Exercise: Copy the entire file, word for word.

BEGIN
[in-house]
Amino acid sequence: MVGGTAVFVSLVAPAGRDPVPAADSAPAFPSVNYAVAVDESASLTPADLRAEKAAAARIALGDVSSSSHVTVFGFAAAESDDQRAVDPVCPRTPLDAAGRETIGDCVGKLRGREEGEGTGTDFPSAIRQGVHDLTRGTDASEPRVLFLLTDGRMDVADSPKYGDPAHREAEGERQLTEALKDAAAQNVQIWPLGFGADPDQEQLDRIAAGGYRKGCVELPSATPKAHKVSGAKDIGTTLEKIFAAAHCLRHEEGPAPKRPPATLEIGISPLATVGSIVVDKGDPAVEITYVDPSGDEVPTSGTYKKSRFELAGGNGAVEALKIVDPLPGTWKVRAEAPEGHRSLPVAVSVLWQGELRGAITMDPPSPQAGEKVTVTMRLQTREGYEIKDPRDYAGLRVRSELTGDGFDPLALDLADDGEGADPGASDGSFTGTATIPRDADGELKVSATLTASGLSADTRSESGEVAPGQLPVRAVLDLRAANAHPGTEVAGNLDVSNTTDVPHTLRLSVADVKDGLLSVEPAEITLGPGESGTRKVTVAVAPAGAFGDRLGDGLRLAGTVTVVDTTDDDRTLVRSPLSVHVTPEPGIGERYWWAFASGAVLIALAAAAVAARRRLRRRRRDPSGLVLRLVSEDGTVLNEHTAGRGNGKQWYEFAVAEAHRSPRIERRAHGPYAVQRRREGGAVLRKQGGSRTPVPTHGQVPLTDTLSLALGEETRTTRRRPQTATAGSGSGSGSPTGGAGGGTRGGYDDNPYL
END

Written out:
[in-house]
Amino acid sequence: MVGGTAVFVSLVAPAGRDPVPAADSAPAFPSVNYAVAVDESASLTPADLRAEKAAAARIALGDVSSSSHVTVFGFAAAESDDQRAVDPVCPRTPLDAAGRETIGDCVGKLRGREEGEGTGTDFPSAIRQGVHDLTRGTDASEPRVLFLLTDGRMDVADSPKYGDPAHREAEGERQLTEALKDAAAQNVQIWPLGFGADPDQEQLDRIAAGGYRKGCVELPSATPKAHKVSGAKDIGTTLEKIFAAAHCLRHEEGPAPKRPPATLEIGISPLATVGSIVVDKGDPAVEITYVDPSGDEVPTSGTYKKSRFELAGGNGAVEALKIVDPLPGTWKVRAEAPEGHRSLPVAVSVLWQGELRGAITMDPPSPQAGEKVTVTMRLQTREGYEIKDPRDYAGLRVRSELTGDGFDPLALDLADDGEGADPGASDGSFTGTATIPRDADGELKVSATLTASGLSADTRSESGEVAPGQLPVRAVLDLRAANAHPGTEVAGNLDVSNTTDVPHTLRLSVADVKDGLLSVEPAEITLGPGESGTRKVTVAVAPAGAFGDRLGDGLRLAGTVTVVDTTDDDRTLVRSPLSVHVTPEPGIGERYWWAFASGAVLIALAAAAVAARRRLRRRRRDPSGLVLRLVSEDGTVLNEHTAGRGNGKQWYEFAVAEAHRSPRIERRAHGPYAVQRRREGGAVLRKQGGSRTPVPTHGQVPLTDTLSLALGEETRTTRRRPQTATAGSGSGSGSPTGGAGGGTRGGYDDNPYL